My husband knows that my version of Feng Shui includes moving impossibly large objects around the house like chess pieces. I always claim it’s to create more harmony in the house, but really I’m just bored and looking for something to do.
The only thing I haven’t tried to move is our grand piano. Let me rephrase that: The only thing I did not succeed at moving by myself was the grand piano. As soon as I figure out how to flip it on its side without the lid opening, it’s gone.
A few weeks ago I was up to my usual tricks when I found myself in an unusual situation.
I was moving a small bookcase end-over-end up my stairs when mid-flight I got stuck. By stuck I mean I had the heavy object perched at a 45 degree angle, with no means of moving forward or backward. As is typical of a Saturday afternoon, each member of my family was either out, wearing headphones or zombified by electronic media. Not one member of my family heard my high-pitched yelp for help.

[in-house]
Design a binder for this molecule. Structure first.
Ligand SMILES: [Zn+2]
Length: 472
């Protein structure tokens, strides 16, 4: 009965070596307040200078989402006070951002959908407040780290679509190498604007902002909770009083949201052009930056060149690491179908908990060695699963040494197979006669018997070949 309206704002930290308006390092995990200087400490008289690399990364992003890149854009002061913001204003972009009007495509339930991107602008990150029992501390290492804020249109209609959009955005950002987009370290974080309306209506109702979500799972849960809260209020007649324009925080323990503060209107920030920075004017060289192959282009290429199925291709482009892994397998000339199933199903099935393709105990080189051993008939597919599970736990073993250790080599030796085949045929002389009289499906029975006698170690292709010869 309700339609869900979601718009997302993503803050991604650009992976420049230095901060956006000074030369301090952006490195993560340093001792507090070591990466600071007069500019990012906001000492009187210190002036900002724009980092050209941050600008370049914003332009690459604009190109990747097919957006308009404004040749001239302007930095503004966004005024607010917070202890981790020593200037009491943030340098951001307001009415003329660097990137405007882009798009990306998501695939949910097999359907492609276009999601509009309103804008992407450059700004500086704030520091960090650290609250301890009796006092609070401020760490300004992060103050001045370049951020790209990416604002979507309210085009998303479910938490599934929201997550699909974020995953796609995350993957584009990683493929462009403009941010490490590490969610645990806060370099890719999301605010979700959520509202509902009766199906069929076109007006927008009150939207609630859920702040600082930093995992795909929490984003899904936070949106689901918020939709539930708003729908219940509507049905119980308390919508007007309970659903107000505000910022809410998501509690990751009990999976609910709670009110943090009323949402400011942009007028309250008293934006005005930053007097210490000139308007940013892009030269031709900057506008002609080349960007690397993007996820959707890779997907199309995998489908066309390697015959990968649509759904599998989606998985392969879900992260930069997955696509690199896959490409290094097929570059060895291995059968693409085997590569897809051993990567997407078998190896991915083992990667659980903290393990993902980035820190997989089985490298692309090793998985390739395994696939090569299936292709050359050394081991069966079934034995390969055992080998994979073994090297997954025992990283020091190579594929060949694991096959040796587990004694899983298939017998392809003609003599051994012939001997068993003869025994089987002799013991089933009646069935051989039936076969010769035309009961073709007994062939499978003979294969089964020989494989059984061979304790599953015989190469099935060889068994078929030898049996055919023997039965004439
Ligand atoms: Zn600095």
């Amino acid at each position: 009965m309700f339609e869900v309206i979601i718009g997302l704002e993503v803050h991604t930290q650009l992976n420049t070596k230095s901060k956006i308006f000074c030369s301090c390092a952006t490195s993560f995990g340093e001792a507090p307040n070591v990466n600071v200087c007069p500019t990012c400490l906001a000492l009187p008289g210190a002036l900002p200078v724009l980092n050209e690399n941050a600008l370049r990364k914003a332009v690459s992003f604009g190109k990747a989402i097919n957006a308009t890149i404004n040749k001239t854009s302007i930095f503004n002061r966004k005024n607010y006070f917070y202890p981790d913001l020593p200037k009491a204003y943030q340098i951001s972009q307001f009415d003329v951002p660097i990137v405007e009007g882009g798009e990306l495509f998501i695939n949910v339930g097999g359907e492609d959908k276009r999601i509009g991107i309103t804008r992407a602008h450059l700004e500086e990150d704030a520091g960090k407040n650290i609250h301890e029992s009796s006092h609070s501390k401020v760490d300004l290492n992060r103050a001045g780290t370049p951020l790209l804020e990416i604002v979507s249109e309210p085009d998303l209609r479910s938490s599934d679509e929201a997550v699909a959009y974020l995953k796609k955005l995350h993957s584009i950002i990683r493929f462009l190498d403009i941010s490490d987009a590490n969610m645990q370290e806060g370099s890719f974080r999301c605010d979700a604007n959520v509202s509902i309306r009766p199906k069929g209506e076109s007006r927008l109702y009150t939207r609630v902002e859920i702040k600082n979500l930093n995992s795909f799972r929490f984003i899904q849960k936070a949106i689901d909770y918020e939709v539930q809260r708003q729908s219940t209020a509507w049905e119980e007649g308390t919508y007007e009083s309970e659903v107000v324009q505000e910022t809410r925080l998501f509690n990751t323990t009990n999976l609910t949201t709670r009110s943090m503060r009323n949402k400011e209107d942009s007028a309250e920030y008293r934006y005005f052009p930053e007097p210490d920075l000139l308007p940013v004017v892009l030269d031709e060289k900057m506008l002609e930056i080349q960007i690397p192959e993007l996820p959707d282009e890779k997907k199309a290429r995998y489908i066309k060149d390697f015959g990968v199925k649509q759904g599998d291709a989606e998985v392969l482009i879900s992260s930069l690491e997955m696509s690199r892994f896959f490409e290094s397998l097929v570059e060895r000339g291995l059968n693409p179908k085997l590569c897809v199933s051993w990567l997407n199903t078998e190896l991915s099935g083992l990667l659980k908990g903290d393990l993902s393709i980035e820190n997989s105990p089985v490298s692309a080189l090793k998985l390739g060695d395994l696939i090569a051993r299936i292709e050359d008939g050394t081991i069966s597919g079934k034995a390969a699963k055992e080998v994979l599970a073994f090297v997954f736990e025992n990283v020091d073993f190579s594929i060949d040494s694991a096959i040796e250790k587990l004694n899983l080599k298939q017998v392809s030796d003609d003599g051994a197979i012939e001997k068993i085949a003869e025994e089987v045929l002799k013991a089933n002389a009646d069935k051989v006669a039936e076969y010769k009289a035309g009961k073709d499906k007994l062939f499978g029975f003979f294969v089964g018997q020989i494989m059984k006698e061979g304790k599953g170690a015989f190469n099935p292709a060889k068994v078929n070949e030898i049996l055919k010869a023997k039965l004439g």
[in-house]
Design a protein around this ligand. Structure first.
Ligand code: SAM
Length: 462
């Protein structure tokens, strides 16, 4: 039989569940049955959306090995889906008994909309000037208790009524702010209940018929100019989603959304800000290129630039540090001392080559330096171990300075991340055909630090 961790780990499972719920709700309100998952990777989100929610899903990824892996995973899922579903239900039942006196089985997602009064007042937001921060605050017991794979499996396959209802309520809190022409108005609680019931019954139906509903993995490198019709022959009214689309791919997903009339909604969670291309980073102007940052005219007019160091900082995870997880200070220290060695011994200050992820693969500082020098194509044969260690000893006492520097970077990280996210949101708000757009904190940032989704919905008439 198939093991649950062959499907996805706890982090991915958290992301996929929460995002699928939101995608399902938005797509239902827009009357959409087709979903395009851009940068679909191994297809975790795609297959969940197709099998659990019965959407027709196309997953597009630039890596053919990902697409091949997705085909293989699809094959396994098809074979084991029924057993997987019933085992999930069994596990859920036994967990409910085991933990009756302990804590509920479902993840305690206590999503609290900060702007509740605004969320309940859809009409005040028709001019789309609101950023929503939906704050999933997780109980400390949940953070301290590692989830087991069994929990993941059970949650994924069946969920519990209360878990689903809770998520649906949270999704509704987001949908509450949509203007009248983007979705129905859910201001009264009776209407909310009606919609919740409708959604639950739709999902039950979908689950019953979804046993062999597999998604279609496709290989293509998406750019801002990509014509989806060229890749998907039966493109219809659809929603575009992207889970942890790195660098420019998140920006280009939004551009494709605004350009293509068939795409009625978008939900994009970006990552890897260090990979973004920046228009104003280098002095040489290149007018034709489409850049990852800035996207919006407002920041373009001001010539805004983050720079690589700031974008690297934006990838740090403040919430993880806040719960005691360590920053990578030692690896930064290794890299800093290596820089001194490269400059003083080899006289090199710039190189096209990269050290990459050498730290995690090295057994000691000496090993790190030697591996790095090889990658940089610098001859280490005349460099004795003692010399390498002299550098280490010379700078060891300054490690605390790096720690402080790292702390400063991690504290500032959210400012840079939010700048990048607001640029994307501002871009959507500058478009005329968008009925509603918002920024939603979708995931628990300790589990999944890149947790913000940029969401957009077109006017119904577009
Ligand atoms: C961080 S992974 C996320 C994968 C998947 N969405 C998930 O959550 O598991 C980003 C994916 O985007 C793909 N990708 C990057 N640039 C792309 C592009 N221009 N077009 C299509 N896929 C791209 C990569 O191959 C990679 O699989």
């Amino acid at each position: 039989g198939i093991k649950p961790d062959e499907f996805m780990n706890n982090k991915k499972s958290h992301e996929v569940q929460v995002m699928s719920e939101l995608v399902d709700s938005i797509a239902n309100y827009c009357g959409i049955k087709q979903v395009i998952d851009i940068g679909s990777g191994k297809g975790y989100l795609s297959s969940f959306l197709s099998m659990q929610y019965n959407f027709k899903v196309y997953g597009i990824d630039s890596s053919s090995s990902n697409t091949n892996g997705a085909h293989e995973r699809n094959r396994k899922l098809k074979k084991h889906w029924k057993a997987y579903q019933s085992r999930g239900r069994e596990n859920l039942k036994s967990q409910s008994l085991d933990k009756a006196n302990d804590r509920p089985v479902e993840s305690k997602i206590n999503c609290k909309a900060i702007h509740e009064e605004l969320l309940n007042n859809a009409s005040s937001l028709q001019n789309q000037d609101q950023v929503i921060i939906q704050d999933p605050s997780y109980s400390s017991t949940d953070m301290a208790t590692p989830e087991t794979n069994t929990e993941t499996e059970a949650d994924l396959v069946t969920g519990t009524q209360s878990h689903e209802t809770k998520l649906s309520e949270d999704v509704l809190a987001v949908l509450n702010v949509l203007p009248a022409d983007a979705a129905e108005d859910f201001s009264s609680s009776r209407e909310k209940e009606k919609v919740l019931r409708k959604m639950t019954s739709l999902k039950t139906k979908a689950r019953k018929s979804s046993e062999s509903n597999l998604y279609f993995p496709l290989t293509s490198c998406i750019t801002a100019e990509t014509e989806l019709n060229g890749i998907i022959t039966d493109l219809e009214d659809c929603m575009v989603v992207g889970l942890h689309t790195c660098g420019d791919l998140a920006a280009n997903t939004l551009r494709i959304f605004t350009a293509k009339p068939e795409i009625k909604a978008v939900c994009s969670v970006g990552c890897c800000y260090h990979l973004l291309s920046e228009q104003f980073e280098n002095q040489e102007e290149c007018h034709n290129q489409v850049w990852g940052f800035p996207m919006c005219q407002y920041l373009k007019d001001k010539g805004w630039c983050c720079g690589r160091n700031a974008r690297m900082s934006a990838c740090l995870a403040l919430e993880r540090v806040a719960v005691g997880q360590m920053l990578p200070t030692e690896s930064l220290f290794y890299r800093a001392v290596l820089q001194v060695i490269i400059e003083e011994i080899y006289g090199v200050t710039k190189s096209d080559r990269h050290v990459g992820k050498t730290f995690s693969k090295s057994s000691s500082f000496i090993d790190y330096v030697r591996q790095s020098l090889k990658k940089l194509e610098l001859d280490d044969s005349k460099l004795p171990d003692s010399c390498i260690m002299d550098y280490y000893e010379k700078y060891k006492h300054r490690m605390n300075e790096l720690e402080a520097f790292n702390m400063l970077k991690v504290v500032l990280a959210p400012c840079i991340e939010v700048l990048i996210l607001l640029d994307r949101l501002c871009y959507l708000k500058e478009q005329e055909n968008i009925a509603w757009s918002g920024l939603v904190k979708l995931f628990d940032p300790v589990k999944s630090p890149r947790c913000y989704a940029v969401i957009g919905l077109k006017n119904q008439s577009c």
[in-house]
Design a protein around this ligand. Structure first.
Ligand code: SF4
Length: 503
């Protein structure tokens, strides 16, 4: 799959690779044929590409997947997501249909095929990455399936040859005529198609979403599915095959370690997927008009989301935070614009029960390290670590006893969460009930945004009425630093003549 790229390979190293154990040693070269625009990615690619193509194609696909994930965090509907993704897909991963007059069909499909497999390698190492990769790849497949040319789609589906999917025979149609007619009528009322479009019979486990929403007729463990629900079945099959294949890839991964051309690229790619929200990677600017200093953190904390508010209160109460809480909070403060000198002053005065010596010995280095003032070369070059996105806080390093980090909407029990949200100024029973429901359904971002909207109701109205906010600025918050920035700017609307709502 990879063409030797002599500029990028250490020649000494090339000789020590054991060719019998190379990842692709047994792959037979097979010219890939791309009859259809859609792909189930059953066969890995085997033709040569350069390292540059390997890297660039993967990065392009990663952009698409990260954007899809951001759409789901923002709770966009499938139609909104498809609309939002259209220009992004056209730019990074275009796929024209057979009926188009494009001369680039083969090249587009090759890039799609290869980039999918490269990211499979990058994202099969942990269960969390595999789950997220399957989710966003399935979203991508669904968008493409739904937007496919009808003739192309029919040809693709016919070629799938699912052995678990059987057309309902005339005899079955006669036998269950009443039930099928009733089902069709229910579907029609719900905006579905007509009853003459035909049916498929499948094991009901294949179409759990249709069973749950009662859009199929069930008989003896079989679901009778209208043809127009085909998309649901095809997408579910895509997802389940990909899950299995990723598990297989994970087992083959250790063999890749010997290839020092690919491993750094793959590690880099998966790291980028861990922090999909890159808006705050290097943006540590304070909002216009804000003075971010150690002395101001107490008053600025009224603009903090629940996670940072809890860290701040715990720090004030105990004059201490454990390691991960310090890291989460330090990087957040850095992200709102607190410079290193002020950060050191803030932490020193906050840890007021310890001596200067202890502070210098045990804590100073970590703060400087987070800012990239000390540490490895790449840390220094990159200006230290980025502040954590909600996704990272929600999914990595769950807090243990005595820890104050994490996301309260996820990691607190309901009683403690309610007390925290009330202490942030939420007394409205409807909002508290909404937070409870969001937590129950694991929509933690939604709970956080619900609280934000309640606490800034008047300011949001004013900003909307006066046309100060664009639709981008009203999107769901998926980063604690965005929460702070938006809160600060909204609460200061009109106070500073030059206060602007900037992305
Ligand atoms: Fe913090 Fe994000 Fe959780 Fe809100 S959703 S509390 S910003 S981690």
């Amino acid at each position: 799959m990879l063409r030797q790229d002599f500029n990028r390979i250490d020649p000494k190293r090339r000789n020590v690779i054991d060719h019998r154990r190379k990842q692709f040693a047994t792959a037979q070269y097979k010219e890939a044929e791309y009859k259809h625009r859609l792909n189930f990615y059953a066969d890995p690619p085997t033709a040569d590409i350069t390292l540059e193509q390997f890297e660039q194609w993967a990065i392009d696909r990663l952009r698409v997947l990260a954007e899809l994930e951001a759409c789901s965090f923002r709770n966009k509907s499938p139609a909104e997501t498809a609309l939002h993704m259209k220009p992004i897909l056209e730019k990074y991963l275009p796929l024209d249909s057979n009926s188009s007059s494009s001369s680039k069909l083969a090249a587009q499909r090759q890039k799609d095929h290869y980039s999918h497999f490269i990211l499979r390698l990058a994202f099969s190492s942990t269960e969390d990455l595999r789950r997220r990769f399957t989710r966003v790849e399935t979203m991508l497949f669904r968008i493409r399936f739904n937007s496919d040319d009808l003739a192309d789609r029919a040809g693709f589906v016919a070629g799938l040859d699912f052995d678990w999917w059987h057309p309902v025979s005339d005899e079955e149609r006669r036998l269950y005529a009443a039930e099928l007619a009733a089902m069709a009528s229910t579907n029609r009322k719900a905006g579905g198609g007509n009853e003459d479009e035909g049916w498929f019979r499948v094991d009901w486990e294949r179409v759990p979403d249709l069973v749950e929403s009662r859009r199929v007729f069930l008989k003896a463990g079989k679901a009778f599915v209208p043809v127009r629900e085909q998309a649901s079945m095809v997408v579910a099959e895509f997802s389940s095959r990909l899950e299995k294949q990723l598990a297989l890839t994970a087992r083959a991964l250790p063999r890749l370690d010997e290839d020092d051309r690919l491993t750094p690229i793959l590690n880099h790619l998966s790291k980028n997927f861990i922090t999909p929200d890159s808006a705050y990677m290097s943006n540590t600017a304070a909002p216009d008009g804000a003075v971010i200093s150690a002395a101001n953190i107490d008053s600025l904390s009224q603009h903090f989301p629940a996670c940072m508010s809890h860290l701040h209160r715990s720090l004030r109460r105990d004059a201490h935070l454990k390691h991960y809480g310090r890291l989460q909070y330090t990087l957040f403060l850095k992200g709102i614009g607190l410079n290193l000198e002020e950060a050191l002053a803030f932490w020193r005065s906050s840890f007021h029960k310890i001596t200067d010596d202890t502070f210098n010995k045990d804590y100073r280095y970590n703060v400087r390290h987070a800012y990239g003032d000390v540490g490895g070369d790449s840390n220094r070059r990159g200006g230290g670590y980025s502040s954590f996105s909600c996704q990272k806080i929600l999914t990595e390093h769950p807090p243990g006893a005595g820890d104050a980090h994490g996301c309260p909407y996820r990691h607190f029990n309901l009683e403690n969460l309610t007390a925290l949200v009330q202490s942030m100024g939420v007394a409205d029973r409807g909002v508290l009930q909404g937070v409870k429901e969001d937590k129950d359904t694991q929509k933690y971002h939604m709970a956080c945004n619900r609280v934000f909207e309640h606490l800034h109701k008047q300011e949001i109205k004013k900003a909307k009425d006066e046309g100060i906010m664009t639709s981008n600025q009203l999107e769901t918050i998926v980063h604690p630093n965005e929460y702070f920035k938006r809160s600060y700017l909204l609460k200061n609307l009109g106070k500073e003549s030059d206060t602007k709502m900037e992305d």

The situation deteriorated as I held shaky arms up over my head, both surrendering and succumbing to the book case which by good fortune I had enough sense to empty. (It could’ve gone either way.)
After reality set in, I decided to heave the furniture, leveraging a Valsalva maneuver that both strengthened me and unblocked my Eustachian tubes.
I hurled the book case up and away from me like a monolithic shot put. Mid-push, I lost my bearings and barely caught my balance.
Finally at the top of the stairs, I visualized the “almost me” at the bottom of the stairs under a heap of cheap laminate. “That was close!” I thought, followed by, “What in tarnation was I thinking?” and “What the heck does tarnation mean?”
The answer is, I was thinking that if I didn’t hoist that book case upstairs by myself it wouldn’t get done at all. I was thinking that later is really now, because now is now, and later never happens.
I was trying to avoid what I call procrastagnation: putting things off which results in a lack of forward motion.
What I learned was that sometimes pushing too hard can result in losing more than a little forward motion. What I earned was four weeks of excruciating back pain and bed rest. “Later” became unavoidable; very little can be accomplished while wrapped in a heating pad and covered in Eau de Biofreeze.
Somewhere between the first and second floor I lost a little piece of my soul. I hope the cleaning lady didn’t suck it up in the vacuum. I’ll need all the help I can get to move the piano.